I got wind of a blow.
While writing some fiction one day the aforementioned pun came out of my head, through my fingers, and onto the page. The context was just two guys discussing a nasty weather system coming up the East Coast.
These six words flew out of my head and blew me away; as a result, I actually googled said pun, and found nothing like it in cyberspace. I gob-smacked myself — hard! Subsequently, I used this phrase in a blog I wrote for The Block Island Times. (I know, you’re googling this right now — to check my veracity — or you will later, because you know it’s a cool bon mot — in the Shakespearean tradition.)
For example, after Mercutio gets stabbed by Tybalt in “Romeo and Juliet,” Mercutio says to the Capulet and Montague boys, as he lays dying in the hot streets of Verona, “Tomorrow, you will find me a grave, man.” Yeah, that’s right, I’ll put my pun up against the Bard’s — with confidence — any day of the week. Furthermore, I bet Will Shakespeare would’ve given me a “Methinks thou hath twist up a cleverest pun, Scribbler,” for my take on this witticism of wind and words. I’m not bloviating; I’m just sayin’.
When we read, our brains take in words which are broken down in to eight parts of speech: Nouns, verbs, pronouns, adverbs, adjectives, conjunctions, interjections, and prepositions. These elements make up our language, and open our minds to all kinds of interesting input, ranging anywhere between keen observations of the human condition to incomprehensible nonsense. Writers make up poems, songs, epics, comedies, tragedies, facts (wink nod), opinions, novels, short stories, biographies, magazines, billboards, skywriting, truncated texts, emails, leaflets, newspapers, and jingles in order to persuade, inform and entertain us. Words wield power; Edward Bulwer-Lytton said: “The pen is mightier than the sword.” Prior to cultures and tribes using words, there must’ve been lots of grunting and harrumphing going on between folks to persuade, inform, and entertain each other.
One of the best compliments a writer of words can receive is when someone says, “I can hear your voice when I’m reading your stuff.” In writing parlance this is called a “voice on paper.” How a writer develops a voice is a mystery. I don’t think it’s a gift; it all about hard, self-absorbed, monastic work.
Of course, there are some methods in play to help develop a voice on the page.
For example, we can read lots of good writers, and hope some of their talent rubs off on us, sometimes they are so powerful we end up mimicking their style.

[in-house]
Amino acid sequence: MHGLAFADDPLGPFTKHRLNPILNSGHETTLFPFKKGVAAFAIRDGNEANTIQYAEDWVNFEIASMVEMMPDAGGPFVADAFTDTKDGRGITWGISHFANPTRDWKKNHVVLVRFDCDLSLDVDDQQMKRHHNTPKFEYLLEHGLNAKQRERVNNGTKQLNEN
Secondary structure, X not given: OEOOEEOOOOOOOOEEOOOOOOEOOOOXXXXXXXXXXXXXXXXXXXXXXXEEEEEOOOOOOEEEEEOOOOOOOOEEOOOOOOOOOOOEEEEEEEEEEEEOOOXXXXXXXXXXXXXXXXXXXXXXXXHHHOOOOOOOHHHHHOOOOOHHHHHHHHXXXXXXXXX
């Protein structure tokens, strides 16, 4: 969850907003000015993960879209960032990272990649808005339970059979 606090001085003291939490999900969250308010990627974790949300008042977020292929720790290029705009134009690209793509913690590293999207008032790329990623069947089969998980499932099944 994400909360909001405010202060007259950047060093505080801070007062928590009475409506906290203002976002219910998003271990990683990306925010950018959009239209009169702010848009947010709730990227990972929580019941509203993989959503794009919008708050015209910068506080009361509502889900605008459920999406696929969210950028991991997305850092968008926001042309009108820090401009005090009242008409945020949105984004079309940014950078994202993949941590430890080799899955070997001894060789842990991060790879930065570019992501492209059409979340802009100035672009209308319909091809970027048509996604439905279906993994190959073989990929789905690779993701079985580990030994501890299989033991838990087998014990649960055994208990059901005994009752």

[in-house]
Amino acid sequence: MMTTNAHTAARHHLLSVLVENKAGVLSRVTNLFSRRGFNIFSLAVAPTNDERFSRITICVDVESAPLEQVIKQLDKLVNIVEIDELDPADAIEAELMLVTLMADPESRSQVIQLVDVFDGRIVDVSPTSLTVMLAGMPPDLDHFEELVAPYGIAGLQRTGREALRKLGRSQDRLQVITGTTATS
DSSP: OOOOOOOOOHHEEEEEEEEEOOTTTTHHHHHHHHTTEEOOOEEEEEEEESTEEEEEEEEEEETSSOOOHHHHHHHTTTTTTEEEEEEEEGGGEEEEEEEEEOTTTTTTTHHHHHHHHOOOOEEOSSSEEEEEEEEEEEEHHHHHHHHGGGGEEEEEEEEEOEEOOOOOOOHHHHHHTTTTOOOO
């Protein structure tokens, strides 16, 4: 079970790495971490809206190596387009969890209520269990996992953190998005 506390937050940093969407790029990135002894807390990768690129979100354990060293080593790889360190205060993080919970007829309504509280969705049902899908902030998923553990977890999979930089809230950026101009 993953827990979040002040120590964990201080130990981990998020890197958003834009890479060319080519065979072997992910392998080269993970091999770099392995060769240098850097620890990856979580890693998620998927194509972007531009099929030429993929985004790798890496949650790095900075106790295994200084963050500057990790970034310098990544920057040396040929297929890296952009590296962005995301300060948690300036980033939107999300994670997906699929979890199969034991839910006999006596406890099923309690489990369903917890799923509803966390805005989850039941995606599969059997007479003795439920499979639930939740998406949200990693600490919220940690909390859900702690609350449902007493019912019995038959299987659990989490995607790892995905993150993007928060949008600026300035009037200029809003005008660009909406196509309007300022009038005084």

I’ve mimicked Larry McMurtry, Melville, Tom Wolfe, E. B. White, Bob Dylan, and many others. Hell, I’ll lift anything that can help me say what I need to say. I’ve no scruples — none.
In any walk of life there are those who breathe rarefied air, and are extremely good at what they do. These folks just seem to have a leg up on the rest of us, and not only do what they do well, but they make it look easy — we all know someone like this. One day I was talking with a friend who is a very good writer, and I asked him of the how, who, and where of his voice on the page. “Go find a copy of ‘Ninety-Two In The Shade,’ by Tom McGuane, and read the first page,” he said.
I was going sailing for a few days, so I hit Barnes & Noble in Newport before going to my boat. There were two McGuane titles on the shelf. I grabbed “Ninety-Two In The Shade,” and sat on the floor to read the first page. Bingo! I saw the connection immediately — compelling, intelligent, worldly writing with a rolling, run-on feel — and bought that book, and the other one titled “Driving On The Rim.” My friend was introduced to McGuane’s work while a student in college, and it impacted his style for many years. I loved both books; however, I found McGuane required very close reading, and lots of time. I literally re-read every page of “Driving On The Rim” and was exhausted — in a good way — when I finished it. This guy can write. (He lives in Montana, but spent some time as a kid in Fall River, Massachusetts. Check out “Return to Fall River,” in The New Yorker archive.)
These writers give us something to aspire to, and they can help us better understand the world; we need stories that act as guides and to organize our thoughts. I know a guy who has read “Moby-Dick” and “War and Peace” 50 times. The guy’s not a writer; he’s an actor with a serious reading habit, and is interested in the human condition. Melville and Tolstoy are guys who wrote about the complexity of people and the world. These writers challenge our thinking.
Writing words on the page or screen can surprise the person who is writing them. All writers are sometimes startled or amused by what comes out of their own heads. We know that Shakespeare loved a good pun, and so did playwright Oscar Wilde. In his play, “The Importance of being Earnest,” there is a line, “It is vulgar to talk like a dentist when one isn’t a dentist. It produces false impressions.”
And a guy I know from Block Island sent me an email one day saying, “It was a great day. We caught some summer flounder, and some fluke, but enough of these fish tails.”